Landlords are Calling For Changes to NYC's Loft Law

Written By Julia Troy | June 05, 2018 | Published in Urban Design, Neighborhood News
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NYC lofts are some of the most sought-after properties in the city. Technically, a real loft is an apartment in a building that was originally designed for industrial use but was later converted into a living space. They were made famous by Manhattan artists in the 1960s and 70s and their popularity - and prices - have only grown since then. Now, a group of landlords is looking to change how these iconic residencies are regulated. 

The Real Deal reports that The NYC Community for Improving Residential Conversions of Lofts has drafted legislation that would change the current "Loft Law." This law from the 1980s states that owners of certain Manhattan buildings would have to bring their properties up to code and allow them to be entered into rent regulation if they were currently being occupied illegally. The law now currently applies to about 1,000 buildings in Brooklyn and Queens as well.

The proposed changes would allow landlords to collect rent from tenants while they are in the process of getting the properties up to code. The landlords claim that some tenants purposefully delay the conversion of these properties so they can avoid paying rent. 

“Tenant protections are important and already crafted into the existing legislation,” a spokesperson for the organization said, quoted by The Real Deal. “Owners must also be protected from tenants who are exploiting the Loft Law in order to live rent-free.”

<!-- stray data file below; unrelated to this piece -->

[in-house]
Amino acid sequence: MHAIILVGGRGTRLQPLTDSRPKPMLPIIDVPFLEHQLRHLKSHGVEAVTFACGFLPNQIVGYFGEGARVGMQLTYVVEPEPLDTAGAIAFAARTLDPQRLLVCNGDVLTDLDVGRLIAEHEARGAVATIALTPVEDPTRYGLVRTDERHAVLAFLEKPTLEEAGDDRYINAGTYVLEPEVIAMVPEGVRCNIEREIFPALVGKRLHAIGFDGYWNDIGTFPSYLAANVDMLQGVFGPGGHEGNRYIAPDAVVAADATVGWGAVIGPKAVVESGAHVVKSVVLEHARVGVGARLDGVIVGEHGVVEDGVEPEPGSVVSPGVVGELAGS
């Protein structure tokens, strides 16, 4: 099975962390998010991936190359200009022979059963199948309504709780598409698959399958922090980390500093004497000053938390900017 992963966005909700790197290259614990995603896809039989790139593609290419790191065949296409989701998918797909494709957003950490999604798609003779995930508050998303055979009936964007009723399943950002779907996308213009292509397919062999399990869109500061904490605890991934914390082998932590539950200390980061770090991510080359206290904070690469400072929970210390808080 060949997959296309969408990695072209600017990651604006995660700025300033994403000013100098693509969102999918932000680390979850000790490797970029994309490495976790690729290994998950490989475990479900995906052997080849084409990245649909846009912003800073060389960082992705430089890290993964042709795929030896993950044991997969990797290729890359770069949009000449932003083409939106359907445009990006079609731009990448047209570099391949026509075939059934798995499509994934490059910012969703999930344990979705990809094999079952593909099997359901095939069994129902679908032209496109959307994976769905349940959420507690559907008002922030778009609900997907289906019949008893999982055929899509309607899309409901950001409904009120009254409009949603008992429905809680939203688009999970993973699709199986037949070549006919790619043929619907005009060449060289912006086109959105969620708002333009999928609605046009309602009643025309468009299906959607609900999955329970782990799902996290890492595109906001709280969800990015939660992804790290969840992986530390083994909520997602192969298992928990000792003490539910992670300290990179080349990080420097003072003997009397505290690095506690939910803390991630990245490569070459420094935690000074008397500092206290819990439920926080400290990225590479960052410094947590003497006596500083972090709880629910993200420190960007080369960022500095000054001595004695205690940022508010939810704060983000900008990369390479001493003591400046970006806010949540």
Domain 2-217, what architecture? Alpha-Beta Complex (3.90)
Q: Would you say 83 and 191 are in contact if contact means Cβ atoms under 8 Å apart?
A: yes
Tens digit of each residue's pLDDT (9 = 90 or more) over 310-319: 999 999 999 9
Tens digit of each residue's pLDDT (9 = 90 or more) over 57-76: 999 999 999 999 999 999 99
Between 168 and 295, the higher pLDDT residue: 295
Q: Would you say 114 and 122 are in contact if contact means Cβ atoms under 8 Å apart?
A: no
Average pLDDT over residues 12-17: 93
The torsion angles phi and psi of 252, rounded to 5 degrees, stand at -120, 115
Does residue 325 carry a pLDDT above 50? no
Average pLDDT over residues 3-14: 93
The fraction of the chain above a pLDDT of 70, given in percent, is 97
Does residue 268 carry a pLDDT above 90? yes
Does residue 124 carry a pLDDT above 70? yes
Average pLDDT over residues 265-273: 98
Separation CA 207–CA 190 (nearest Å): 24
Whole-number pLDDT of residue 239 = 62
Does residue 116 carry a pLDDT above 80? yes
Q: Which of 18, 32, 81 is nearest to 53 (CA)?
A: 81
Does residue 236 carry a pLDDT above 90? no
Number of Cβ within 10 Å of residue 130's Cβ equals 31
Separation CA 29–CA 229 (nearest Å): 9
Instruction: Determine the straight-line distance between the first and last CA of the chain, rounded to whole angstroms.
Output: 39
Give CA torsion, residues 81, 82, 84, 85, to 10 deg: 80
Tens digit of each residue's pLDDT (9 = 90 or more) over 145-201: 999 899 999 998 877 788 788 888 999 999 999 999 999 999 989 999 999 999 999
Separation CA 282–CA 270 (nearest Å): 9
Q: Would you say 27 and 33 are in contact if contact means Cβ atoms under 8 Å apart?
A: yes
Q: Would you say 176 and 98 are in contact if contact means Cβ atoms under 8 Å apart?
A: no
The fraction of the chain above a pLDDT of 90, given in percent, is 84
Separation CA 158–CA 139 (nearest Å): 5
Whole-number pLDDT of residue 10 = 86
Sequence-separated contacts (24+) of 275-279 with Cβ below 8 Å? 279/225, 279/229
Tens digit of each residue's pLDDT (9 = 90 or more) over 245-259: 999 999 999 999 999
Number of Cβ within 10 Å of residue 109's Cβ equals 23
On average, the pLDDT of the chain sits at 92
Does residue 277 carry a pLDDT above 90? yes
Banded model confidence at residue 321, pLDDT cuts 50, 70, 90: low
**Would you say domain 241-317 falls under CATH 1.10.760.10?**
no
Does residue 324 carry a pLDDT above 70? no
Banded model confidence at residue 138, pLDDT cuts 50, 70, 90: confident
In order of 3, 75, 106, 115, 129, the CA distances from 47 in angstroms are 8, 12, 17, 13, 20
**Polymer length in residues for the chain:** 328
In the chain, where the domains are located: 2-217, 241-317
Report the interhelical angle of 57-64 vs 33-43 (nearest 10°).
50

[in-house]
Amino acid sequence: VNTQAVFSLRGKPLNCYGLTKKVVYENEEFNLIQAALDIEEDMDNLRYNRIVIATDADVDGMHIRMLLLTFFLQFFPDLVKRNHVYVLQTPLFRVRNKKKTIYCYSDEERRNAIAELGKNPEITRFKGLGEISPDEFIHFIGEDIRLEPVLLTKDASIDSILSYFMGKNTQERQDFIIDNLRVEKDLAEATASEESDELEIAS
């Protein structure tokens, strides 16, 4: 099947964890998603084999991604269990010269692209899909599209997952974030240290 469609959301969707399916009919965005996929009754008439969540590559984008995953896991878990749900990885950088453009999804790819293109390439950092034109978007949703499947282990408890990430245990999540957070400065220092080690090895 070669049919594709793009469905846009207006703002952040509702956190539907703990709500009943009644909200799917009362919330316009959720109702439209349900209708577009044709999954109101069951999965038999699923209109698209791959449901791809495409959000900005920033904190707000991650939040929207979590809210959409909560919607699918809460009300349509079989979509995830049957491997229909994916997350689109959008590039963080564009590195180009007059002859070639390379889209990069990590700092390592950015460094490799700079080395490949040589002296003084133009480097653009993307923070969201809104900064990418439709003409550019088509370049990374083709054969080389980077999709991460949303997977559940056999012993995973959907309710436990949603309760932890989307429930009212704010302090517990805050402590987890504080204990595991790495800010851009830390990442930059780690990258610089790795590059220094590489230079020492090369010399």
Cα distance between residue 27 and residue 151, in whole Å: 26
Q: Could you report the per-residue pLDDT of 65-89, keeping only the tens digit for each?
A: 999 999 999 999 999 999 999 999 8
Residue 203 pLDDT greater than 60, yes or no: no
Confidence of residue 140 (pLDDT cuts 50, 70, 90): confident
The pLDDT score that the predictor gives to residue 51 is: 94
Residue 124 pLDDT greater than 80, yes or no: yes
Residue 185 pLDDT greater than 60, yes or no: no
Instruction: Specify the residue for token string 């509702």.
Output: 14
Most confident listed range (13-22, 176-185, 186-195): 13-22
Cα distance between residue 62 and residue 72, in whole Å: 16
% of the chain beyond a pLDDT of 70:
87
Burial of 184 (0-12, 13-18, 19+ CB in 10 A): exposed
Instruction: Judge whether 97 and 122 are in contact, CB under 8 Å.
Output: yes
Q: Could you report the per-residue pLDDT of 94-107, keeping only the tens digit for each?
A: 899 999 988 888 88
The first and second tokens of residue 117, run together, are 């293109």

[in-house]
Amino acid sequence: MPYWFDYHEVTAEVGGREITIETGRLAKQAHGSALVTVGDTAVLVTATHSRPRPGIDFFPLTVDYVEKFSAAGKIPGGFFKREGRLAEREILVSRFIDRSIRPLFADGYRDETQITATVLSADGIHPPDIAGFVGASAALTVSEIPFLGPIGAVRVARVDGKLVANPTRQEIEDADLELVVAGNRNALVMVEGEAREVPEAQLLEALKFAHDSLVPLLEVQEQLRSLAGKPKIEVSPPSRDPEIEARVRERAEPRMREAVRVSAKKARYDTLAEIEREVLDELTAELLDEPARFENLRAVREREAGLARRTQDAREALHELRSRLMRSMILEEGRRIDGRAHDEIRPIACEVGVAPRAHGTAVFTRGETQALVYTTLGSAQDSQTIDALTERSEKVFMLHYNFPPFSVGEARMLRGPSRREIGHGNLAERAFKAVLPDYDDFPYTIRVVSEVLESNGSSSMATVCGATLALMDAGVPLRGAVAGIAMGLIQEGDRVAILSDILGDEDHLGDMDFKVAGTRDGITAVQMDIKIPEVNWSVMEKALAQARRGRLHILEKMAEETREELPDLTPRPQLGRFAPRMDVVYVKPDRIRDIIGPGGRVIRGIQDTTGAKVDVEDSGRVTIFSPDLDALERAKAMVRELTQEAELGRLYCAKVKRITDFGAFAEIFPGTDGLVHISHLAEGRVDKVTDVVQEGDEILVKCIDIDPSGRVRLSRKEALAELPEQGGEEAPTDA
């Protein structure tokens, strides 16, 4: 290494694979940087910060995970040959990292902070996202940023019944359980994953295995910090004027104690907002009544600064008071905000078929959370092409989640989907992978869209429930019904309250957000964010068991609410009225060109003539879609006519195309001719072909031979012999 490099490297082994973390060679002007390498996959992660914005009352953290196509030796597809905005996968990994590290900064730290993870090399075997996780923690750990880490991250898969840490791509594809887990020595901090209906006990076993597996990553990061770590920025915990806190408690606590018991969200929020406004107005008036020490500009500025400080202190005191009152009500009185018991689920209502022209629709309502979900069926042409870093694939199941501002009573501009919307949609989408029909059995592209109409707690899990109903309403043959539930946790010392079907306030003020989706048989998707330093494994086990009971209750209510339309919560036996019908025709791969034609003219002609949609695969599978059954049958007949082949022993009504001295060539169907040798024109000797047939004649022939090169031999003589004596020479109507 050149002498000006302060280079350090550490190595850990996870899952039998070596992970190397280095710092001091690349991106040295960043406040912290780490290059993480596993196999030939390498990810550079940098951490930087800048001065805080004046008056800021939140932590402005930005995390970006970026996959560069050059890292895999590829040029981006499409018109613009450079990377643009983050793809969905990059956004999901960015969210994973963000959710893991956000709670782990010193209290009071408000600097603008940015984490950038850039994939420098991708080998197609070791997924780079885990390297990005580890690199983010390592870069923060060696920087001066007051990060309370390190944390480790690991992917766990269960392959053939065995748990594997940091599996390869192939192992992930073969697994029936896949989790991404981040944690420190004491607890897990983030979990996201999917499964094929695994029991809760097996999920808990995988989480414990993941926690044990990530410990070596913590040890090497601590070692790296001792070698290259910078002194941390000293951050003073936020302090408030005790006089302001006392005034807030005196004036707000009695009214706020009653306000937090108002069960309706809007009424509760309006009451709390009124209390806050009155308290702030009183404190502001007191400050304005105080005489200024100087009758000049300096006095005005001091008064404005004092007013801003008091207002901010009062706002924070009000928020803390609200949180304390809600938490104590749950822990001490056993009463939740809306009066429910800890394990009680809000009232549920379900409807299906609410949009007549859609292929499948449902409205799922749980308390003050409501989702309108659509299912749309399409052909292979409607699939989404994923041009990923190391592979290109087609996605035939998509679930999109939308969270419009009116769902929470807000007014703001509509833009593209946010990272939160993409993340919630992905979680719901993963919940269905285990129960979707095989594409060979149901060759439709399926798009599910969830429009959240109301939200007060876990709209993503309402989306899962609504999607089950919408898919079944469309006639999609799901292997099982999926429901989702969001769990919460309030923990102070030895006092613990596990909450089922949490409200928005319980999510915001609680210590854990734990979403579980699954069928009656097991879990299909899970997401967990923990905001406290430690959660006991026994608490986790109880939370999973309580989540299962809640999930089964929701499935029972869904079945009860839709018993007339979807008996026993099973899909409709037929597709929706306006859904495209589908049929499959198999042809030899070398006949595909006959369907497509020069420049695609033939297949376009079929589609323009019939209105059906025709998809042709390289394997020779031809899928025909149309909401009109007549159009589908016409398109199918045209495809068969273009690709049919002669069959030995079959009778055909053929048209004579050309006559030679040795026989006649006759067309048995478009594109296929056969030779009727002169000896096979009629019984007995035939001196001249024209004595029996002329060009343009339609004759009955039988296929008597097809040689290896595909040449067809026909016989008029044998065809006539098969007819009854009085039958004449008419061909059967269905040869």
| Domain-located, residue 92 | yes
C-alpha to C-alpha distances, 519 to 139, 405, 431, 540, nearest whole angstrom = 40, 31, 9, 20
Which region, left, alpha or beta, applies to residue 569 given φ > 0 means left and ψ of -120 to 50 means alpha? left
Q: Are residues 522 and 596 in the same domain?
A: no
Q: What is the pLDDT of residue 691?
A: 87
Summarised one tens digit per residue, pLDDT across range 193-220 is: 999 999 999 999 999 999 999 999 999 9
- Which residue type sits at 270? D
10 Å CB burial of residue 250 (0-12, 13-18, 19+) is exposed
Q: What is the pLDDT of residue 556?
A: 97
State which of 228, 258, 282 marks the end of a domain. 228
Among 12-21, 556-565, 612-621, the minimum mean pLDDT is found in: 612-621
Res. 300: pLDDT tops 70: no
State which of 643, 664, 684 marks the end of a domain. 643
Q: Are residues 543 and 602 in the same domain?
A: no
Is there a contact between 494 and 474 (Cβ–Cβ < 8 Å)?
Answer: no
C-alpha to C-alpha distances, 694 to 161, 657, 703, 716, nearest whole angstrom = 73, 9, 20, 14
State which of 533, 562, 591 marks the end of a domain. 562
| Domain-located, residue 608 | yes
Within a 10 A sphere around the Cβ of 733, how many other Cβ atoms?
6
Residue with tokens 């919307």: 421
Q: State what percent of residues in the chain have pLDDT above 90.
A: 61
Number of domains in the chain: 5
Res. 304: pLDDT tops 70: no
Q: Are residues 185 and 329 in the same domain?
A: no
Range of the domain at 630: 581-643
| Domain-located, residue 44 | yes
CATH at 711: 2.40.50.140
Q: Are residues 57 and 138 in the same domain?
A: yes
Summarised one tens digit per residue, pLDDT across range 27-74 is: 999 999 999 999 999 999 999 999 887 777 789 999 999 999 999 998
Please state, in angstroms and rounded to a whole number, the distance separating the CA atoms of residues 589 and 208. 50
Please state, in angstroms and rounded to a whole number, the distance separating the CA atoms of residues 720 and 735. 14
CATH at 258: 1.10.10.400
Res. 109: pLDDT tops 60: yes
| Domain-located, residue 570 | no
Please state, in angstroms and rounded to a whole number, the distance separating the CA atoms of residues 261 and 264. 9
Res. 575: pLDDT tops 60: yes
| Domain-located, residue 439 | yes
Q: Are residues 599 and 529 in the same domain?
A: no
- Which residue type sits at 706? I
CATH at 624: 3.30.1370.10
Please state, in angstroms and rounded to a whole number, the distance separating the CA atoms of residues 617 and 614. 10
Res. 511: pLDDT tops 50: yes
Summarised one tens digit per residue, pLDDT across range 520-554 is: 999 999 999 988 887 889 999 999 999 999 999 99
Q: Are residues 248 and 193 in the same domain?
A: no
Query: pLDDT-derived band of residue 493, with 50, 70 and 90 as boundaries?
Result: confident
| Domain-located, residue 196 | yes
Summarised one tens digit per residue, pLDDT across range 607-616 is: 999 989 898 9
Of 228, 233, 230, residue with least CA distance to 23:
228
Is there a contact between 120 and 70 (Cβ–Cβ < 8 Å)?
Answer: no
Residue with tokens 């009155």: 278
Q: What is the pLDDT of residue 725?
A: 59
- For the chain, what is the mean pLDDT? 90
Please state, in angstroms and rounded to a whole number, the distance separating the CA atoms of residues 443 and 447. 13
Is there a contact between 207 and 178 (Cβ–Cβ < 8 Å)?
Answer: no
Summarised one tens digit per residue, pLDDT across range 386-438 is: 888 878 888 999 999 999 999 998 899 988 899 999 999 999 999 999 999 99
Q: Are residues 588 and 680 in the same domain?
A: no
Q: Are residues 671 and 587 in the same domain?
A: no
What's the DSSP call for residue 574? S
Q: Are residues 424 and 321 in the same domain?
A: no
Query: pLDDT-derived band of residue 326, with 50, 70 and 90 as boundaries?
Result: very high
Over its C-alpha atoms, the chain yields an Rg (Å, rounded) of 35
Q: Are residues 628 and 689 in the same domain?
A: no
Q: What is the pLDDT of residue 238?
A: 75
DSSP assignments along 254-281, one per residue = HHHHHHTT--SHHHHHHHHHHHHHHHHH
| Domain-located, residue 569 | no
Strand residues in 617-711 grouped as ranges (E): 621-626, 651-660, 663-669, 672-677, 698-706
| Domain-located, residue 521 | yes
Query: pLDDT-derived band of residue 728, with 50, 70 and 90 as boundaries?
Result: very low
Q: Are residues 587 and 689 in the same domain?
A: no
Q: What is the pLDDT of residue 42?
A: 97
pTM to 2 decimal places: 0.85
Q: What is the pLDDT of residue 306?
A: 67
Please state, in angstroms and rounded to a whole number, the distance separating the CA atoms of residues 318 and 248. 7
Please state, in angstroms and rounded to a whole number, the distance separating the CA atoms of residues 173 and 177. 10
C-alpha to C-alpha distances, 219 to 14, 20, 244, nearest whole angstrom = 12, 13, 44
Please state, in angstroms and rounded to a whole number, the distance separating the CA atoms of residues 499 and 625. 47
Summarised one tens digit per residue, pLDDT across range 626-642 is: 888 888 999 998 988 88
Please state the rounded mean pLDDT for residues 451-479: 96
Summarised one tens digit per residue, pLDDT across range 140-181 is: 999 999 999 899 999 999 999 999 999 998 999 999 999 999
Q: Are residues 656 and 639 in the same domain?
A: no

The proposed new law would also allow tenants to cease a property conversion if the tenant refused to pay rent. 

The Loft Law as it currently stands is playing a large role in a real estate battle happening in Bushwick. Residents of two loft buildings in the Brooklyn neighborhood are attempting to stop the construction of a proposed structure that would block an entire side of windows on both sides of the buildings, making them illegal residencies. Since the Loft Law was designed to protect loft tenants from being displaced, the Bushwick residents are attempting to educate their neighbors about the law and how it can be used to help them stay in their homes. 

This past October, Mayor Bill de Blasio promised to make major changes to the Loft Law. Time will tell if this recently drafted legislation will be a part of those changes. 


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